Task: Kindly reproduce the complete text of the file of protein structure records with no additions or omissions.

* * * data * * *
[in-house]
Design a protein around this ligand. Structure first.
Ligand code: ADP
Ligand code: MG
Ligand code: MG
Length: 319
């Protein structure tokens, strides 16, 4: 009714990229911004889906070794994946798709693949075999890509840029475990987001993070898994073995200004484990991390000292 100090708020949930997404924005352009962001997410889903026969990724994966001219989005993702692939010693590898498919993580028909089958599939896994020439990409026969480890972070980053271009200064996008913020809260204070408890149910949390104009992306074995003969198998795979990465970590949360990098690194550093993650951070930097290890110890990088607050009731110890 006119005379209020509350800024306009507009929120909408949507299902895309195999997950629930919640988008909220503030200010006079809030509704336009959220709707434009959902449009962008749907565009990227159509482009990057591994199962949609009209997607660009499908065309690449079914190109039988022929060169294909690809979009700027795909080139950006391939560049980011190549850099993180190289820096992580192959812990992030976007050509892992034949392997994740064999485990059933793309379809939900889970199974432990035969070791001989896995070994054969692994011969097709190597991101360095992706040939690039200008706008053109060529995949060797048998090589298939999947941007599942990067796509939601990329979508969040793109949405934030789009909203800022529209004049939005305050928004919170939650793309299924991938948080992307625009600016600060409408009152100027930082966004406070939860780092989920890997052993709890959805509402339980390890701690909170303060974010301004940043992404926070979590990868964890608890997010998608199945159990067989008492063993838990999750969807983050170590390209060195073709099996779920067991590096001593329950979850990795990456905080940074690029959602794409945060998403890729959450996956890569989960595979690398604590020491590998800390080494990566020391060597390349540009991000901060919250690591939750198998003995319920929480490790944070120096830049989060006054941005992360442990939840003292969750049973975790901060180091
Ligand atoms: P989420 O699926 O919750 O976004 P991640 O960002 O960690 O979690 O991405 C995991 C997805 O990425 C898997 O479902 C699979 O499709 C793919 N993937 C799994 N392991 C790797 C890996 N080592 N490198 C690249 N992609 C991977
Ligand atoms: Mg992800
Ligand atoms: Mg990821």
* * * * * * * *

[in-house]
Design a protein around this ligand. Structure first.
Ligand code: ADP
Ligand code: MG
Ligand code: MG
Length: 319
């Protein structure tokens, strides 16, 4: 009714990229911004889906070794994946798709693949075999890509840029475990987001993070898994073995200004484990991390000292 100090708020949930997404924005352009962001997410889903026969990724994966001219989005993702692939010693590898498919993580028909089958599939896994020439990409026969480890972070980053271009200064996008913020809260204070408890149910949390104009992306074995003969198998795979990465970590949360990098690194550093993650951070930097290890110890990088607050009731110890 006119005379209020509350800024306009507009929120909408949507299902895309195999997950629930919640988008909220503030200010006079809030509704336009959220709707434009959902449009962008749907565009990227159509482009990057591994199962949609009209997607660009499908065309690449079914190109039988022929060169294909690809979009700027795909080139950006391939560049980011190549850099993180190289820096992580192959812990992030976007050509892992034949392997994740064999485990059933793309379809939900889970199974432990035969070791001989896995070994054969692994011969097709190597991101360095992706040939690039200008706008053109060529995949060797048998090589298939999947941007599942990067796509939601990329979508969040793109949405934030789009909203800022529209004049939005305050928004919170939650793309299924991938948080992307625009600016600060409408009152100027930082966004406070939860780092989920890997052993709890959805509402339980390890701690909170303060974010301004940043992404926070979590990868964890608890997010998608199945159990067989008492063993838990999750969807983050170590390209060195073709099996779920067991590096001593329950979850990795990456905080940074690029959602794409945060998403890729959450996956890569989960595979690398604590020491590998800390080494990566020391060597390349540009991000901060919250690591939750198998003995319920929480490790944070120096830049989060006054941005992360442990939840003292969750049973975790901060180091
Ligand atoms: P989420 O699926 O919750 O976004 P991640 O960002 O960690 O979690 O991405 C995991 C997805 O990425 C898997 O479902 C699979 O499709 C793919 N993937 C799994 N392991 C790797 C890996 N080592 N490198 C690249 N992609 C991977
Ligand atoms: Mg992800
Ligand atoms: Mg990821």